Yes, there is increasing obesity in Australia, but it's not the government putting the wrong foods or wrong amount of food in people's mouths or stopping them from exercising. Not one person has ever joined this forum and said "Hi, I'm new here and I'm overweight because the government made me this way" yet when a limited report such as this (14000 people surveyed) is realised, people are all over it and only too quick to point the blame at the government. And we all know what a crock BMI is for a measurement!

I like EWQs thinking in terms of taxing fast/junk food and feeding that income back into the healthcare system. Imagine if we could obesity clinics funded by the government that provide proper counselling, education and other support services that aim to tackle the root of the problem and not the symptoms. Subsidised gym memberships - now that's a laughable suggestion. We already have local funded gyms - It's called a YMCA!!!

There's no doubt the government have to do something because in the long term because the medical side-effects of obesity is going to cripple our health care system, just the same as how smoking and alcohol and other drug abuse causes such a drain on the healthcare system. And rather than punishing people for being overweight, what about rewarding those that aren't? For example, higher private health care rebate, lower Medicare levy, that kind of thing.

Ultimately - we make our own choices and set our own priorities but people are too quick to look elsewhere to lay the blame/find a reason to do (or not do) something. I'm thinking along the same line as Ella - people need to get creative and think a bit outside the square when it comes to living a healthier lifestyle.
Just keep moving! And don't be lazy...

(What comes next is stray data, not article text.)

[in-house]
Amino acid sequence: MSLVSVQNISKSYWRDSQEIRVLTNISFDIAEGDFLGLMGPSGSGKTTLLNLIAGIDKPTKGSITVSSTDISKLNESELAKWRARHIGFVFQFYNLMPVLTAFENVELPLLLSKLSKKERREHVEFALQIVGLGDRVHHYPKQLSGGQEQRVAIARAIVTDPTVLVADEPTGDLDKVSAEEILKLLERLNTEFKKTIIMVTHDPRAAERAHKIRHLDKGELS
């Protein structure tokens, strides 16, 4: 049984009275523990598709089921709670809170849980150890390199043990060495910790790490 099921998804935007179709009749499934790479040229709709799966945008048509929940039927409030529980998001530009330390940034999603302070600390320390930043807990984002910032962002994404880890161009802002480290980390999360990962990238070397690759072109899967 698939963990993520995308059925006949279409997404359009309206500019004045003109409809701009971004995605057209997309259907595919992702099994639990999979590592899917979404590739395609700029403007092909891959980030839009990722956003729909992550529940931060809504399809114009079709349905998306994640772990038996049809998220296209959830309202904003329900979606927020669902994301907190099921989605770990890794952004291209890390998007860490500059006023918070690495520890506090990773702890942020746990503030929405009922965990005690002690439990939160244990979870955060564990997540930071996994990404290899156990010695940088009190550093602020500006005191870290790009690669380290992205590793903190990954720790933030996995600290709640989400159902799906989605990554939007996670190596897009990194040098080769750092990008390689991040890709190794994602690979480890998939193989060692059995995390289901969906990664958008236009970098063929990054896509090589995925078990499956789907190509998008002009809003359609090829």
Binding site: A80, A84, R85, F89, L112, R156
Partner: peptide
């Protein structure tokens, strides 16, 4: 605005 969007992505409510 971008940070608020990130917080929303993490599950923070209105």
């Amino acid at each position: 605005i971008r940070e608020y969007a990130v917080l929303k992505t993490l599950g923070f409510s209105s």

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Re: Obesity epidemic puts Aussies above Americans

Postby EvilWombatQueen » Mon Jun 23, 2008 11:49 pm

LOL. Warning: big long counter-rant ahead! :lol:

True, but in the immortal words of Dr Phil people only know what they know. If you've been raised on huge food portions and you gradually start gaining weight in your 30s how are you going to know that it's the portions of food that are letting you down when they never gave you a problem before? The media has this stereotype that all overweight people are happily shovelling fast food down their gobs while glued in front of the telly. Most overweight people I know do not fit that stereotype (hell I was a friggin' vegan who walked everywhere!). In many cases it's a combination of small mistakes that have added up over the years that have contributed to their weight problem and, yes, many of those small mistakes are supported and endorsed by society.

Food portions have grown so much over the years that most people would be amazed at how small a recommended serving of meat or potatoes really is. No-one is going to psychically know how much rice they should eat with each meal before gaining weight. After all we're raised to think that it's only fast food and lollies that will make you fat. No-one looks up portion sizes until someone else tells them that portion sizes - even of healthy food - contribute to weight gain. Expecting people to take responsibility when they don't know what they're doing is wrong is really a case of blaming the victim. We've all managed to gain weight on this forum and most of us didn't realise what was causing it until we were better educated. In that way I think it's correct to blame society. As you said, San, there needs to be more education out there. And who is going to do the educating if not the government? If people aren't being told how to lose weight, if they're being subjected to advertising that portrays unhealthy food as being healthy (children's cereals or maccas salads anyone?), then it's rather unfair to put the bulk of the blame on the shoulders of people who honestly didn't know better.